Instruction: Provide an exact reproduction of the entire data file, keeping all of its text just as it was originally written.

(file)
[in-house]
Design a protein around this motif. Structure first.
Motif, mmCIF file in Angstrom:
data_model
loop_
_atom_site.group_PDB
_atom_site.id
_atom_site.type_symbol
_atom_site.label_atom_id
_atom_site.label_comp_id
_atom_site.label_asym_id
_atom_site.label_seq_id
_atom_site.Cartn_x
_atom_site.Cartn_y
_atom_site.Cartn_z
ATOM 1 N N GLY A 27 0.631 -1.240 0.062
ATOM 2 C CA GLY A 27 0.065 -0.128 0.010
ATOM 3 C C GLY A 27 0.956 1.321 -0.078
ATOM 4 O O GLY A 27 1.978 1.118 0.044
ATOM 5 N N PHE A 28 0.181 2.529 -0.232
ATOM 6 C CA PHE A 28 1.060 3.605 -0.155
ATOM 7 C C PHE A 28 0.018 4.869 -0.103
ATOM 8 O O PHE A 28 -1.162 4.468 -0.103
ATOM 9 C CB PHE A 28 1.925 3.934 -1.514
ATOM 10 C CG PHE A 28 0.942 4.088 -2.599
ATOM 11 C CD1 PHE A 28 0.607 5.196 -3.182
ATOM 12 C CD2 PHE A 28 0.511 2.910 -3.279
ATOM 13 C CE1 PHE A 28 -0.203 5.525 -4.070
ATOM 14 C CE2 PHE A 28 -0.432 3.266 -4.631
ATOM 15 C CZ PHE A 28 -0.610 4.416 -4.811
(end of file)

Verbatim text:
[in-house]
Design a protein around this motif. Structure first.
Motif, mmCIF file in Angstrom:
data_model
loop_
_atom_site.group_PDB
_atom_site.id
_atom_site.type_symbol
_atom_site.label_atom_id
_atom_site.label_comp_id
_atom_site.label_asym_id
_atom_site.label_seq_id
_atom_site.Cartn_x
_atom_site.Cartn_y
_atom_site.Cartn_z
ATOM 1 N N GLY A 27 0.631 -1.240 0.062
ATOM 2 C CA GLY A 27 0.065 -0.128 0.010
ATOM 3 C C GLY A 27 0.956 1.321 -0.078
ATOM 4 O O GLY A 27 1.978 1.118 0.044
ATOM 5 N N PHE A 28 0.181 2.529 -0.232
ATOM 6 C CA PHE A 28 1.060 3.605 -0.155
ATOM 7 C C PHE A 28 0.018 4.869 -0.103
ATOM 8 O O PHE A 28 -1.162 4.468 -0.103
ATOM 9 C CB PHE A 28 1.925 3.934 -1.514
ATOM 10 C CG PHE A 28 0.942 4.088 -2.599
ATOM 11 C CD1 PHE A 28 0.607 5.196 -3.182
ATOM 12 C CD2 PHE A 28 0.511 2.910 -3.279
ATOM 13 C CE1 PHE A 28 -0.203 5.525 -4.070
ATOM 14 C CE2 PHE A 28 -0.432 3.266 -4.631
ATOM 15 C CZ PHE A 28 -0.610 4.416 -4.811